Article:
Previous
Next

7 Biases That Everyone Has (And How They F*ck Up Your Life) –

 

 

 

Here’s a newsflash for you: There are 7 billion or so people on this planet and most of us, have done or said something monumentally stupid. Like watching Long Island Medium, thinking it would be funny. Or that time I decided chocolate and spaghetti were really meant to be together, or that time I decided to drink a bottle of wine and woke up 2 hours away from home, on a train holding a bunch of roses with the roots still attached.

Life is full of dumb decisions. Our brains are against us. Why?

Cognitive bias. Cognitive bias is an error or glitch in thinking where people make decisions based on their emotions, beliefs systems, hormones, likes and dislikes rather than through critical evaluation and the scientific method.

Bias does exist for a reason. Every day, we are required to make decisions – often at a moment’s notice. We need a way to filter through the vast volumes of information we’re constantly bombarded with and bias is the brain’s way of simplifying the decision-making process. And yet, if we aren’t aware of these cognitive bias we’re more prone to make poor decisions, believing in conspiracy theories and get ourselves kicked out of that gay bar in town because Vodka makes bad decisions for me.

We’re going to look at ways our brains trick us into making poor life choices, in particular, I’m going to pick on anti-vaxxers because, well – their choices are monumentally fucking stupid. We’ll follow Heather Dexter, the woman who chose her ego over her children and left them to suffer through whooping-cough for 6 months so we can see how cognitive bias can fuck up everyone’s day.

Affect Heuristic: Never Trust Your Gut

Lucasfilm

It may not come as a shock to you but humans are emotional creatures, and not surprisingly our emotions tend to influence the decisions we make.

Most of us, at one point in our lives have used a form of decision-making shortcut called “affect heuristic” when we’re faced with a difficult decision, and for most of us – we’ve learned that making a decision in the heat of the moment can be a terrible idea.

If you’ve ever gone “with your gut”, taken a dump on your boss’s desk in anger or experienced road rage, you’ve used this shortcut. It isn’t so much a cognitive bias, as much a glitch in thinking and it can lead to good outcomes and some very bad outcomes.

Researchers have found that if people have positive feelings towards an activity, then they’re more likely to judge the risks as low and the benefits high. On the flip side, if their feelings towards an activity are negative, they’re more likely to perceive the risks as high and benefits low. And this class, is partly how anti-vaxxers operate.

 How It Fucks You Over:

New Line Cinema

Anti-vaxxers such as Heather have issues with vaccines – that much is clear. Conspiracy theories and lies have fuelled her negative feelings, largely due to her “training” in the field a naturopathy – the alternative medicine version of “throw shit at a wall and see what sticks” in terms of treatment. Indeed, those ideas fuelled her negativity so much so that she perceived a child getting a vaccine to be of a higher risk (of what, I do not know) with fewer benefits than contracting a deadly disease.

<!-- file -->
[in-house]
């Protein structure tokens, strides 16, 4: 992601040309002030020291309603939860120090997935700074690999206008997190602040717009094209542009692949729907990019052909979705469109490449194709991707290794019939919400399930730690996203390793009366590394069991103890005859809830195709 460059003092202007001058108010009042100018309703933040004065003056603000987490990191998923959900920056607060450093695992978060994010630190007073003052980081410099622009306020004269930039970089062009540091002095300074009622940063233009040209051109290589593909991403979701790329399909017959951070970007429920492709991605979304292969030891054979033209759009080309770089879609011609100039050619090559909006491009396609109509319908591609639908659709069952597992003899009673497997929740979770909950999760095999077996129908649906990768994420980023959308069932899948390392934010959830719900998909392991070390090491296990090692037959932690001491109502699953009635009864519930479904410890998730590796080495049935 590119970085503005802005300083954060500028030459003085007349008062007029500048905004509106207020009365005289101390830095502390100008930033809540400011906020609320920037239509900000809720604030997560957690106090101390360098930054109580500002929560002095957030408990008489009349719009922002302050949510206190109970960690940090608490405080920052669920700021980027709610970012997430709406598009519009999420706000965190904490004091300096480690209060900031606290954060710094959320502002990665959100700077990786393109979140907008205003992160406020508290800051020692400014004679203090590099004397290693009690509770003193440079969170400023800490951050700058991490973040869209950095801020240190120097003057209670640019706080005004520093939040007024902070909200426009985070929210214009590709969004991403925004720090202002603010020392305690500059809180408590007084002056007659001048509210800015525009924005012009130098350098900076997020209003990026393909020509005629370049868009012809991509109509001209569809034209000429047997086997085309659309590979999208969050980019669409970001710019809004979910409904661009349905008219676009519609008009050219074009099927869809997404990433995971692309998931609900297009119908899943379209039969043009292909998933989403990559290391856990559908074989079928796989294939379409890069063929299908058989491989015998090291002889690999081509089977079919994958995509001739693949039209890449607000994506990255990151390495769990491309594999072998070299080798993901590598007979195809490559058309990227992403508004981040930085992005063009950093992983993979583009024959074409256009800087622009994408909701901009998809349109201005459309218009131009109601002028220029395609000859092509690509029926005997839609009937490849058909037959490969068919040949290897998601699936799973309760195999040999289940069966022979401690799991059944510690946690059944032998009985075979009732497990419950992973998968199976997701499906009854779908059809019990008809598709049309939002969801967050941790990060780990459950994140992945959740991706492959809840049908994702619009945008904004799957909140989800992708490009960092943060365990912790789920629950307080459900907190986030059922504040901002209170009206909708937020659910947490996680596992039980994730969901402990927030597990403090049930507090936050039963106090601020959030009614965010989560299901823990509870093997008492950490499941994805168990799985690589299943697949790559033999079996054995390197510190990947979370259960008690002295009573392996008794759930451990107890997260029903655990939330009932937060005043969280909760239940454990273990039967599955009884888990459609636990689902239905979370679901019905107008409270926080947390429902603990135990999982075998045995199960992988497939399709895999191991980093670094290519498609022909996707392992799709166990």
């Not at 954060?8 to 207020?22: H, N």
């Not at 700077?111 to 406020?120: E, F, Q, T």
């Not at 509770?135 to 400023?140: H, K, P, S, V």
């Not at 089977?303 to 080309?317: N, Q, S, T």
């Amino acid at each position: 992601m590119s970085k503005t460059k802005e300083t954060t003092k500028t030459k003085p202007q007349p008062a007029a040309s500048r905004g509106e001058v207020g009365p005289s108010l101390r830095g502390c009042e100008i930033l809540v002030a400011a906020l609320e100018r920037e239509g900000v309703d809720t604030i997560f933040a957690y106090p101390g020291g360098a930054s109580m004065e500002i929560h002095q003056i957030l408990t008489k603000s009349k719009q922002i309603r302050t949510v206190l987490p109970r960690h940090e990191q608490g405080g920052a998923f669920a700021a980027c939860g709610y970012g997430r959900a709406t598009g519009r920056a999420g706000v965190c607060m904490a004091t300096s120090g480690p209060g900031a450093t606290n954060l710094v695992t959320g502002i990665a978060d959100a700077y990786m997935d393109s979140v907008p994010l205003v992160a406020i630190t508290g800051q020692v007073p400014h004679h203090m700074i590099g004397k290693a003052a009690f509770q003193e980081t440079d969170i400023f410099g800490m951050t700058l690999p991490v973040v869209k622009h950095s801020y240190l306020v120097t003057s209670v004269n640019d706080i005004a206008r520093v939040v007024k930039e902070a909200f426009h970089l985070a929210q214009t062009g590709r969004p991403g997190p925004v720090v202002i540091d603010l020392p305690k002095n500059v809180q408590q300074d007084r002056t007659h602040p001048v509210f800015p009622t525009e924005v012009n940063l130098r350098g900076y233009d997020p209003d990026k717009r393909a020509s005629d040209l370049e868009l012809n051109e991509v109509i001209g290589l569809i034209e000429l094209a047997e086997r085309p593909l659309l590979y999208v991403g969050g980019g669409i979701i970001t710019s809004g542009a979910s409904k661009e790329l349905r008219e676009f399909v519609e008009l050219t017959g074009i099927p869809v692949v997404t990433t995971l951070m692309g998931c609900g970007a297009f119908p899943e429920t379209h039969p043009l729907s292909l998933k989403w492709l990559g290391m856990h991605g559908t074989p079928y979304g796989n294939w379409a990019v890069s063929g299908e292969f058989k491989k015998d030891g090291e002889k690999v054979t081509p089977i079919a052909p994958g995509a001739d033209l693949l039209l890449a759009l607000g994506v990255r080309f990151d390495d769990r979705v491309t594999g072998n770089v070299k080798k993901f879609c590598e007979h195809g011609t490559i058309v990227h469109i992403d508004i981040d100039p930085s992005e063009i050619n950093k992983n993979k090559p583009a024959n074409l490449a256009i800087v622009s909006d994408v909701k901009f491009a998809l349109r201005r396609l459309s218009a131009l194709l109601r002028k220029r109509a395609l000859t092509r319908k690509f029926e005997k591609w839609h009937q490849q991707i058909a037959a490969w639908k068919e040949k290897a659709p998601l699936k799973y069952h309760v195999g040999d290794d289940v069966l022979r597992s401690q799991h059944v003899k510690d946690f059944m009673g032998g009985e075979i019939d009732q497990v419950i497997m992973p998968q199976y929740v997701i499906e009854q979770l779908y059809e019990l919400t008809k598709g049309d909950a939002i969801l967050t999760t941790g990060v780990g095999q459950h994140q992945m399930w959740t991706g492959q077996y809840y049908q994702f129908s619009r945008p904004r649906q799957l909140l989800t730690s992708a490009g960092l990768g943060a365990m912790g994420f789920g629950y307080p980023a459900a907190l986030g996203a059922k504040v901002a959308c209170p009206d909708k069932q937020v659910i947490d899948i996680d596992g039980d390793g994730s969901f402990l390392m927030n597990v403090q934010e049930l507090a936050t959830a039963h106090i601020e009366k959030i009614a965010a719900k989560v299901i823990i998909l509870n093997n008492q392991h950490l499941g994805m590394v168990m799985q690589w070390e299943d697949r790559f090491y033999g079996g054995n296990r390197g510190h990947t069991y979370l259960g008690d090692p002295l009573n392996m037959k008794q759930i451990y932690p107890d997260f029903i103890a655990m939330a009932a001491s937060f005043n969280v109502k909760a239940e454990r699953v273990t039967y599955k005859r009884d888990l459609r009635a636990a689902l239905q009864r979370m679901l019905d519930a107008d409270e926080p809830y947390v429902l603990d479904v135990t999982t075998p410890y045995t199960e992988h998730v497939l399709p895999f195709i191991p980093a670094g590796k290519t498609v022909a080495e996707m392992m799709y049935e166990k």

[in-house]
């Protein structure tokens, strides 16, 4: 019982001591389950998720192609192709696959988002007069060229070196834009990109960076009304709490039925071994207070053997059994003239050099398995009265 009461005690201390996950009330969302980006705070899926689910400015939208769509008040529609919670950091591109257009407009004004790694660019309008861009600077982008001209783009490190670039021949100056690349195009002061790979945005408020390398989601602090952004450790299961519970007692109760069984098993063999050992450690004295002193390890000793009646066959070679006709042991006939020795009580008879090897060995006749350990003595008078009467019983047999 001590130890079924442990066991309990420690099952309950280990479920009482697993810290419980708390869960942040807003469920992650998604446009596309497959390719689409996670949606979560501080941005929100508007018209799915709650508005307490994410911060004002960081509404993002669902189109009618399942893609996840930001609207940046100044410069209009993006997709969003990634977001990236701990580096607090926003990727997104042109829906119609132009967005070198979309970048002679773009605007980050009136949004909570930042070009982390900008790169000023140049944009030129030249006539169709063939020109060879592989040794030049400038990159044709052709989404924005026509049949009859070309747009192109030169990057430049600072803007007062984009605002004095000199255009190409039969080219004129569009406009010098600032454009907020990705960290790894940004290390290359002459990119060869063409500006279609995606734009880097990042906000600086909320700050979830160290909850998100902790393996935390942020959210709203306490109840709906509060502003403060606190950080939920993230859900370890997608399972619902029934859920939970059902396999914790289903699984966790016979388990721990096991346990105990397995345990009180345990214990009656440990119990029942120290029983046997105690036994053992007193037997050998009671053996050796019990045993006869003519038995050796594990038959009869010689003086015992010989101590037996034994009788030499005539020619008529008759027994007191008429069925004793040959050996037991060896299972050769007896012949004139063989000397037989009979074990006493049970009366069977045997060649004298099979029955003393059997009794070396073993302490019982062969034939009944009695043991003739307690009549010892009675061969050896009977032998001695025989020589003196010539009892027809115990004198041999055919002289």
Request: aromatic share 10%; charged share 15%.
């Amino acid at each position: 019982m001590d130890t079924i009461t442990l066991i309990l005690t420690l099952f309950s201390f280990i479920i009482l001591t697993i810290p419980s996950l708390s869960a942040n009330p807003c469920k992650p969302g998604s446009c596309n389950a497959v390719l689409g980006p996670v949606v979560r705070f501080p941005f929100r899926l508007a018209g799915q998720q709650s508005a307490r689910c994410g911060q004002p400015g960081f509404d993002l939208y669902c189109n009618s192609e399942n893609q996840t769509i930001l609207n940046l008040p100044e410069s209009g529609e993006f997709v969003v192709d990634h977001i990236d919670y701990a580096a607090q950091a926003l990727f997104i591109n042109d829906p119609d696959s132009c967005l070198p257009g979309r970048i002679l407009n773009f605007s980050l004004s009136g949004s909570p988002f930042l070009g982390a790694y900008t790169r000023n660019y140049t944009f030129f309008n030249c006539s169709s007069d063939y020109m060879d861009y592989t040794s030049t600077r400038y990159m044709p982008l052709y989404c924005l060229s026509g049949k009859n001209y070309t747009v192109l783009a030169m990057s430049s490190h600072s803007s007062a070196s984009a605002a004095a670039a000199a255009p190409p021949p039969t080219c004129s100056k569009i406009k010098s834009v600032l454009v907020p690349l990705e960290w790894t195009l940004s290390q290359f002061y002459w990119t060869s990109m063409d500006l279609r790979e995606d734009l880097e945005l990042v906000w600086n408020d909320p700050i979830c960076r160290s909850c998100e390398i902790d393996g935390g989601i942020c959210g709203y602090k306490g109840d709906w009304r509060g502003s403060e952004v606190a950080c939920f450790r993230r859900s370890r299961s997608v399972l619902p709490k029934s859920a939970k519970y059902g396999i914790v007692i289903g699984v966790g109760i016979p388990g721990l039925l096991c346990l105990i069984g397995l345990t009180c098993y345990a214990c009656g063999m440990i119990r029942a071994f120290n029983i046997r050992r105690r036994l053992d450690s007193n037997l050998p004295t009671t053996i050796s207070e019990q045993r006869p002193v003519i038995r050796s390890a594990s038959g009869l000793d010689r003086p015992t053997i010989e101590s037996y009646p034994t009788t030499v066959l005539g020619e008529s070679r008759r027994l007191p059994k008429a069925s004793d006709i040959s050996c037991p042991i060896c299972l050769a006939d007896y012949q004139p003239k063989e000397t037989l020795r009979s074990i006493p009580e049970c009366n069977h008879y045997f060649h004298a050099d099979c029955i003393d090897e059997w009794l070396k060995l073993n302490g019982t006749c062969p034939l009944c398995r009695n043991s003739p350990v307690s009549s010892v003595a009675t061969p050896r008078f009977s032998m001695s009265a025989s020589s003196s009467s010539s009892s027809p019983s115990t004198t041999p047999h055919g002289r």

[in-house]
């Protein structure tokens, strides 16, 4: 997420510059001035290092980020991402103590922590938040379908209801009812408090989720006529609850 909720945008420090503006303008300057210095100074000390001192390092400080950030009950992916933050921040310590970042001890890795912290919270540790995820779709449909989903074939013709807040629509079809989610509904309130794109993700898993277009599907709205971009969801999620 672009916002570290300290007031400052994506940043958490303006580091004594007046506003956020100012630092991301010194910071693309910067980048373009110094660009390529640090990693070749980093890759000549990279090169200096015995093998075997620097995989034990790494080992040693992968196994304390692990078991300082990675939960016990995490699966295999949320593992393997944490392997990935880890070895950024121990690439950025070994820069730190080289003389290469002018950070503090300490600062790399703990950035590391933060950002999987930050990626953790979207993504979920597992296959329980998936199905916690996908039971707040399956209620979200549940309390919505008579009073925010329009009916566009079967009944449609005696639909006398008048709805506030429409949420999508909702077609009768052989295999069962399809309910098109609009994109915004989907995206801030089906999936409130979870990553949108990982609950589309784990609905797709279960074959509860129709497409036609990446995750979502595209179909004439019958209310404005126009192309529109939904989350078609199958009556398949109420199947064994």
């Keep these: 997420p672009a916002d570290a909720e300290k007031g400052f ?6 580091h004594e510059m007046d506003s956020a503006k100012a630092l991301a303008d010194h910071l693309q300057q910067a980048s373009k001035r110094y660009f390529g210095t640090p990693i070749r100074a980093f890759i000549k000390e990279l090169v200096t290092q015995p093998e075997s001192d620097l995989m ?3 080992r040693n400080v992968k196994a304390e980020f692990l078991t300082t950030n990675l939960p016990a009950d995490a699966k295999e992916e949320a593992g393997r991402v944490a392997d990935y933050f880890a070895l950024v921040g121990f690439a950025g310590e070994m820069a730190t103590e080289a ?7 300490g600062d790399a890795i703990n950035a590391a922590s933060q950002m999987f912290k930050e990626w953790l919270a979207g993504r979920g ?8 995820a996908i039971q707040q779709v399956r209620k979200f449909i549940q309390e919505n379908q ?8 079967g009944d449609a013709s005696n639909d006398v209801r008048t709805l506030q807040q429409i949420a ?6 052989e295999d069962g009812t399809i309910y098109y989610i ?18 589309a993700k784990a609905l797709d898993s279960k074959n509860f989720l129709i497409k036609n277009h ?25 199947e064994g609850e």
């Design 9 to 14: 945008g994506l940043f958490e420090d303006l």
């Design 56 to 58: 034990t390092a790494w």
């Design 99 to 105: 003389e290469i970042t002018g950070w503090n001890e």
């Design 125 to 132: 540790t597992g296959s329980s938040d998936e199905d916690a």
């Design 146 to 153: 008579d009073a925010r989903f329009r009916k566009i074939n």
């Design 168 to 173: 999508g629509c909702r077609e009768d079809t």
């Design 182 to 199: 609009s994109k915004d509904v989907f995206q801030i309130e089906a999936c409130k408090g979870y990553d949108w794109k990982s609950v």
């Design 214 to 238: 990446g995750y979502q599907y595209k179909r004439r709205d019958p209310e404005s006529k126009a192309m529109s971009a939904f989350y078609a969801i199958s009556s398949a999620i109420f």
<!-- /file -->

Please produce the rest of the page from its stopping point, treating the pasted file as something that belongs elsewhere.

And the mind-fuckery doesn’t stop there. The anti-vaccine movement actually see getting preventable diseases as a positive thing, therefore the risks associated with mumps, measles, rubella, whooping cough or chicken pox is much lower and the perceived benefits much higher than getting a vaccination.

Suffice to say, a choice made from emotion and fuelled by incorrect information is a choice you shouldn’t be making. Did Heather re-evaluate her choices once her children’s illness became worse? Don’t be silly, that would be smart or something.

Confirmation Bias: Think You’re Always Right?

ITV

Another fun-filled fact: People like to think they’re correct – All The Time.

We like to feel special or superior to others. We get off on the joy that is being right about the fact that drinking three jugs of cider at my engagement party was a dumb idea that my wife was right about and my only pleasure that got me through my hangover was that I was less drunk than she was. I’m sorry I puked in your letter-box random stranger.

Confirmation bias is the terrible method we use to prove our “rightness”, it happens when we search for or misinterpret information in order to confirm or strengthen our preconceived ideas or belief systems.

It also explains why people have a tendency to dismiss evidence that doesn’t support their beliefs – it’s easier to feel “right” when you ignore everything that proves you wrong. That information might be gathered from Facebook groups or forums rather than medical journals, science classrooms, and laboratory research.

  How It Fucks You Over

TriStar Pictures